It's hard to describe the feeling of arriving in Havana by sea. It's pretty exciting, especially the first time and when a fleet of classic convertibles are waiting to take your party for a spin to discover the city and cruise along the famed Malacon (sea wall.)
I choose a white '58 Buick.
There are also stops at Central Park (great for people watching), Revolution Square, the famed Hotel Nacional, and La Floridita bar (the home of the daiquiri includes a barside statue of patron Ernest Hemingway).
On our own we venture on foot to another Hemingway haunt, the '20-era Ambos Mundos hotel, where the writer holed up in room 511 (now a musuem). We also check out the rooftop bar.
After dinner aboard the ship, we return to Havana for a visit to the legendary Tropicana Cabaret. The city's biggest nightclub dates back to 1939 and features more than 200 crazily outfitted dancers and singers (think chandeliers as headgear).
The men of our group take it upon themselves to drink all of the Havana Club rum provided at our long tables and when we return to the Crystal, it's disco time. All I will say is there may have been some throwing of shoes and dancing on tables.
We check out more of Old Havana, including Plaza Vieja, followed by lunch at the Atelier-Restaurante Paladar, a restaurant in a private mansion, before we sadly sail away from Havana. We all could have spent more time in this fascinating stuck-in-time city, where you can hear street musicians play on every corner and the architecture spans the 16th to 19th centuries.
(Dining tip: Paladares are quite common in Cuba, but wherever you dine, try the pork dish.)
After anchoring offshore, we leave the ship on tender boats to explore our third stop -- gorgeous Maria La Gorda. We are given the option of diving, snorkelling or swimming in the beautiful blue water, which is teeming with fish, or just relaxing on the palm-tree laden beach and enjoying barbecue and cocktails. Chill time.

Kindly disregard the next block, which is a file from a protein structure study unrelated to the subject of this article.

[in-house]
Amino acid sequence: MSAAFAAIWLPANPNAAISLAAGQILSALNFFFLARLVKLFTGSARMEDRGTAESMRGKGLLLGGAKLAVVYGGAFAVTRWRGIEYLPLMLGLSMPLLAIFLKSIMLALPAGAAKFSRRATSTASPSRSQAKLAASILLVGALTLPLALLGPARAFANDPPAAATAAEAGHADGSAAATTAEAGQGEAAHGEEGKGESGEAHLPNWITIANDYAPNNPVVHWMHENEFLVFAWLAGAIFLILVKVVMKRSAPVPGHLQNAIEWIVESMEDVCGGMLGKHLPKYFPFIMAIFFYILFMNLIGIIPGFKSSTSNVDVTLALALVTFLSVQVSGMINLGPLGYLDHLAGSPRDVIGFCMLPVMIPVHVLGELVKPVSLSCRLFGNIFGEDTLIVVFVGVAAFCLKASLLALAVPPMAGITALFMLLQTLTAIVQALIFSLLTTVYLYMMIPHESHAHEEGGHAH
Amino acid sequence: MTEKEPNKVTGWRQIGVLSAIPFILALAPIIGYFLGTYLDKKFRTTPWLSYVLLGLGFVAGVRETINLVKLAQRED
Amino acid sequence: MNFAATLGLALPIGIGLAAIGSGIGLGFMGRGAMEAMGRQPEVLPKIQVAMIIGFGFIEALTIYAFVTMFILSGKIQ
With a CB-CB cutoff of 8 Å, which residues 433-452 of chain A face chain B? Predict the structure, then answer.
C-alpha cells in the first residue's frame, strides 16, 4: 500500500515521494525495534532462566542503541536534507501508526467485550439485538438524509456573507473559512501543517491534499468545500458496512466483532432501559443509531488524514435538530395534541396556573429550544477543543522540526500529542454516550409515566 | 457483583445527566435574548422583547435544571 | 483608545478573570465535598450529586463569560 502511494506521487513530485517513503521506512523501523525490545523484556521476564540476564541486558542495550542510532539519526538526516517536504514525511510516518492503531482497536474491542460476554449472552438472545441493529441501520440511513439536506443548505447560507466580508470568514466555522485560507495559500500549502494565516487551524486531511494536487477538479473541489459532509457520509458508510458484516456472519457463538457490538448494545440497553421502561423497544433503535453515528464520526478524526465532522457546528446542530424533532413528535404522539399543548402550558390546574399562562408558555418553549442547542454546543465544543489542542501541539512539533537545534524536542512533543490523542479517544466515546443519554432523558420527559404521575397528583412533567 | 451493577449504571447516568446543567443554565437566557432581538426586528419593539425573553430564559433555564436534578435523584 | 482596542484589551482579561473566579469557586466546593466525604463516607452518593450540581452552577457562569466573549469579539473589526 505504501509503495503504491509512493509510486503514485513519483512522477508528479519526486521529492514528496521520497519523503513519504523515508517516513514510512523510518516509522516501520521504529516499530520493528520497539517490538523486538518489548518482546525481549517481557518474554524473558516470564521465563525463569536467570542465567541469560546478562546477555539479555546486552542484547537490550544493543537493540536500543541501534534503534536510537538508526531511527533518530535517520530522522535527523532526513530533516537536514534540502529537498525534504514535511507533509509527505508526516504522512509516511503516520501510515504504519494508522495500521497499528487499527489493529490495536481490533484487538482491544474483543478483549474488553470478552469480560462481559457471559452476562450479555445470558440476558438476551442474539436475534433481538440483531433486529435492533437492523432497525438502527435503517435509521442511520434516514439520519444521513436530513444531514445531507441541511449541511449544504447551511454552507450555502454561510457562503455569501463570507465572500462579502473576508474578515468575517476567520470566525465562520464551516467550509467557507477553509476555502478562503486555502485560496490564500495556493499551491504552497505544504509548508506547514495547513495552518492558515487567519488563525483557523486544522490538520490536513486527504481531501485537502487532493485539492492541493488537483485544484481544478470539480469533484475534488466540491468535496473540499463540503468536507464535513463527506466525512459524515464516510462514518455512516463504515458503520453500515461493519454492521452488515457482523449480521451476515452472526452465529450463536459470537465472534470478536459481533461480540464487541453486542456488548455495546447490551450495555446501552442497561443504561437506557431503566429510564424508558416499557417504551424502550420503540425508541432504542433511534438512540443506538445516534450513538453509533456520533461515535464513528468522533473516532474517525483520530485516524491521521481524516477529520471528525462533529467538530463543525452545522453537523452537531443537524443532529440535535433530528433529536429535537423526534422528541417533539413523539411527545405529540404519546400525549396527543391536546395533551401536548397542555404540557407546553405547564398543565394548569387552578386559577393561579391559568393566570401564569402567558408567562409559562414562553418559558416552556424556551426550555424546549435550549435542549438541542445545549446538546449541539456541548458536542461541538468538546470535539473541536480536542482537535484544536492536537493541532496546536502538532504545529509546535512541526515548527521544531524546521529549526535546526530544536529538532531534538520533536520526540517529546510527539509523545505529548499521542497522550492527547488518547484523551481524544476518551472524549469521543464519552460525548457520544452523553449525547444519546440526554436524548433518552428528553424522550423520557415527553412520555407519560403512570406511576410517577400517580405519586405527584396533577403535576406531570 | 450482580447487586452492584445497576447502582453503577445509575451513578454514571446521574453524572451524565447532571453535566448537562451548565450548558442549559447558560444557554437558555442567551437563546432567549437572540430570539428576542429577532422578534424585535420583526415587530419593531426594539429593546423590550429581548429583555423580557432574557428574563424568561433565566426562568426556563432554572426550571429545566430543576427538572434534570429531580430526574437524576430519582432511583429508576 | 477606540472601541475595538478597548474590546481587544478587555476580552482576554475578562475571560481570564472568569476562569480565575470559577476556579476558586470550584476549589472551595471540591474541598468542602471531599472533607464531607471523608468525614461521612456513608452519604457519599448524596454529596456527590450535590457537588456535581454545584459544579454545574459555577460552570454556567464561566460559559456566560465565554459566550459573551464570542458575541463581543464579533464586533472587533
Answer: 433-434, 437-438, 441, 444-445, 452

Our final port of call is Cienfuegos, where the majority of our group take a two-hour bus trip inland to Trinidad. Due to a sore throat, I opt for a low-key stay in Cienfuegos -- the Pearl of the South -- and after coffee in the quaint square full of galleries and restaurants, I hire a bicycle taxi to take me to the nearby beaches, where I swim with the locals.
We arrive back at Montego Bay, our Cuban adventure sadly over.
NEED TO KNOW
Celestyal Cruises has just launched year-round Cuba cruises through December 2017. There are weekly departures every Friday from Montego Bay and every Monday from Havana. Prices vary depending on departure date and cabin selected. In addition to included excursions, optional excursions are offered for an extra fee. For information and reservations, contact 1-855-364-4999 or yourcubacruise.com.
Tourist currency known as CUC (Cuban convertible peso, the locals call it Monopoly money) is available at exchange locations at each place the ship docks. At press time, $100 would get you about $75 CUC.
Common medications are not always easily available in Cuba so stock up on things like Advil, Gravol, Imodium and echinachea before leaving home.
Cruise lines work hard to prevent the spread of germs such as novovirus in close quarters. On the final day of our trip there was a temperature check of each passenger leaving the ship.
For a full week after the cruise, I felt like I was walking sideways. I was told this was normal after having travelled at the very back of the ship for a week. Middle cabins are recommended for less motion.